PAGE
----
Known for his kaleidoscopic visuals that blend images, scripts, and symbols from a wide range of countries and cultures, Ardneks – real name Kendra Ahimsa – has spent more than a decade developing a sensorial visual language. This evolution is recounted in his debut monograph, Coastalvision: Heavily-saturated Tropicália, which lives up to the promise of its title.
The book has been published and designed by Jakarta-based imprint Jordan, jordan Édition, whose founder, Jordan Marzuki, became friends with Ardneks while studying graphic design at university at the same time. Writing in the foreword, Marzuki says that Ardneks – who has collaborated with bands like Japanese Breakfast, Khruangbin, and Unknown Mortal Orchestra on their visuals – manages to transform music from purely a listening experience into a visual one.
Ardneks somehow takes the crisp edges and contrasting imagery found in collage and compresses it into his complex illustrations, a style that can perhaps be traced back to his own beginnings in collage work. While the scenes themselves may appear full-on, there is an orderliness to his works, too, thanks to smooth textures and palettes that are intense by themselves but cohesive as a whole.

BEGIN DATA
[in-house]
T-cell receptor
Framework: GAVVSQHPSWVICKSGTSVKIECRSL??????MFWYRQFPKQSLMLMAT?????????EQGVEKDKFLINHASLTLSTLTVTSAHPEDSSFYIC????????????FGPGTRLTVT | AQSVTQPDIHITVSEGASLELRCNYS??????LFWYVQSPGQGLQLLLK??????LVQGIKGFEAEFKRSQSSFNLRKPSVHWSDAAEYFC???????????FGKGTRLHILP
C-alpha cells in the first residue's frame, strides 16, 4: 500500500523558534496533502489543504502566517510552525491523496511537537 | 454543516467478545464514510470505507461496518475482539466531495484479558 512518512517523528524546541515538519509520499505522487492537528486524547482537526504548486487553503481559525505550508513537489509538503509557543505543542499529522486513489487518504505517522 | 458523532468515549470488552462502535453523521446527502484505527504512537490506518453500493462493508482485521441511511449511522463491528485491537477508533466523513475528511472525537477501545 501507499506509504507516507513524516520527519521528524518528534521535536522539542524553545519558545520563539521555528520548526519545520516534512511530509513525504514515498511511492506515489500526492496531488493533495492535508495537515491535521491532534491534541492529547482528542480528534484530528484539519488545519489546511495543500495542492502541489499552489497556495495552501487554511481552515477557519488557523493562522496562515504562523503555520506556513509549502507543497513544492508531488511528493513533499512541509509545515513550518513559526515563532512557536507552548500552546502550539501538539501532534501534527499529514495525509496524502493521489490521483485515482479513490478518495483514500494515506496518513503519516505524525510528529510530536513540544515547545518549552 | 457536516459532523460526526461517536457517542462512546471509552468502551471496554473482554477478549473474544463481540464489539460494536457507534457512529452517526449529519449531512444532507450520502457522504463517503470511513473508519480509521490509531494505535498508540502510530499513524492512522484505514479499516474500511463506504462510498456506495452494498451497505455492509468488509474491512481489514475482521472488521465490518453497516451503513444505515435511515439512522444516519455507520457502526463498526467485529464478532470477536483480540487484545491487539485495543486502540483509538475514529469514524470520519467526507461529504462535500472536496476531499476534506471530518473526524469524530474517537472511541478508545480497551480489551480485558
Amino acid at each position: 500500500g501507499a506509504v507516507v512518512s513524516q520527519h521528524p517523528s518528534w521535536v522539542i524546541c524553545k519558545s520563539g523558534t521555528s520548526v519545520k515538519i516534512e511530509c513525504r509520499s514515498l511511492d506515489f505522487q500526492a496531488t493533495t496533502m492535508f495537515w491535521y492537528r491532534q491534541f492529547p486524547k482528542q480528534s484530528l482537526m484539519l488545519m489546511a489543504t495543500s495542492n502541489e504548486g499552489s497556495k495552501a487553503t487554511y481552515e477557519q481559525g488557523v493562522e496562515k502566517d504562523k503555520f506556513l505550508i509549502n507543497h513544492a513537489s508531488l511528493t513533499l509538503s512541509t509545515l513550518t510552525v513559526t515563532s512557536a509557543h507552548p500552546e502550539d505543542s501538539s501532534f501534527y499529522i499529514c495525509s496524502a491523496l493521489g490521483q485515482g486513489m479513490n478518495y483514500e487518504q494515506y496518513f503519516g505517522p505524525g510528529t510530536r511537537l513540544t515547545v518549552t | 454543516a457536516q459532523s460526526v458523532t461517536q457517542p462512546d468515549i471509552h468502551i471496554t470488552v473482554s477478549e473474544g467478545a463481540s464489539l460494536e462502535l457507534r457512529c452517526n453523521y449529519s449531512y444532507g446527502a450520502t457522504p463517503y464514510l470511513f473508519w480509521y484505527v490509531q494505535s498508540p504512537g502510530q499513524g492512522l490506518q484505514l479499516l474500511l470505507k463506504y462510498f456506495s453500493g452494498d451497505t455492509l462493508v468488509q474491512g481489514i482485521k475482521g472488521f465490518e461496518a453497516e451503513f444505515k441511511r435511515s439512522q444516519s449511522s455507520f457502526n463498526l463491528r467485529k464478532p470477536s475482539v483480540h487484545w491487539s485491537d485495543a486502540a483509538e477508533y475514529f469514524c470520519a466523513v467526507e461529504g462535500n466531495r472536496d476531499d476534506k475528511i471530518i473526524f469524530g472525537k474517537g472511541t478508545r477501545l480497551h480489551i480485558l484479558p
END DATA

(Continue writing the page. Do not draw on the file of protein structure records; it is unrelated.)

Coastalvision features a curious approach to design seen in other Jordan, jordan Édition books. The front cover includes cut-out shapes that create windows to the illustrations on the page beneath, and the lettering has been released from any grid system to weave around the pictures. Playful details are embedded throughout the book, including the open spine that spells the book’s title, and several fold-out pages.
Marzuki, who co-designed the book with Elisabeth Tania and also wrote the foreword, tells us that the design is “inspired by the beautiful chaos, overwhelming and heavily saturated colours in Ardneks’ illustration”, and references the illustrator’s use of “scattered random typographic elements” and blend of geometric shapes that are “sometimes symmetrical, sometimes uneven”.
Ardneks’ otherworldly visuals are mirrored in the book’s content, which comprises interviews with Reno Nismara from the perspective of imaginary radio hosts from around the world (and one civilisation well beyond planet Earth). These conversations merge “reality and fantasy, just like Ardneks’ art”, Marzuki writes in the book.
In another introductory text, writer and curator Nin Djani muses on how Ardneks could have filled galleries with his work but remained dedicated to more accessible media: “I think of all the posters and art prints I hung up as a child, how they inadvertently shaped my perspective on life and got me inspired. I am sure that someone somewhere near or far or wherever they are, is sharing this feeling when they look at Ardneks’ artworks on their wall or on the door of their cupboard.”
Coastalvision: Heavily-Saturated Tropicália by Ardneks is published by Jordan, jordan Édition; jordanjordan.co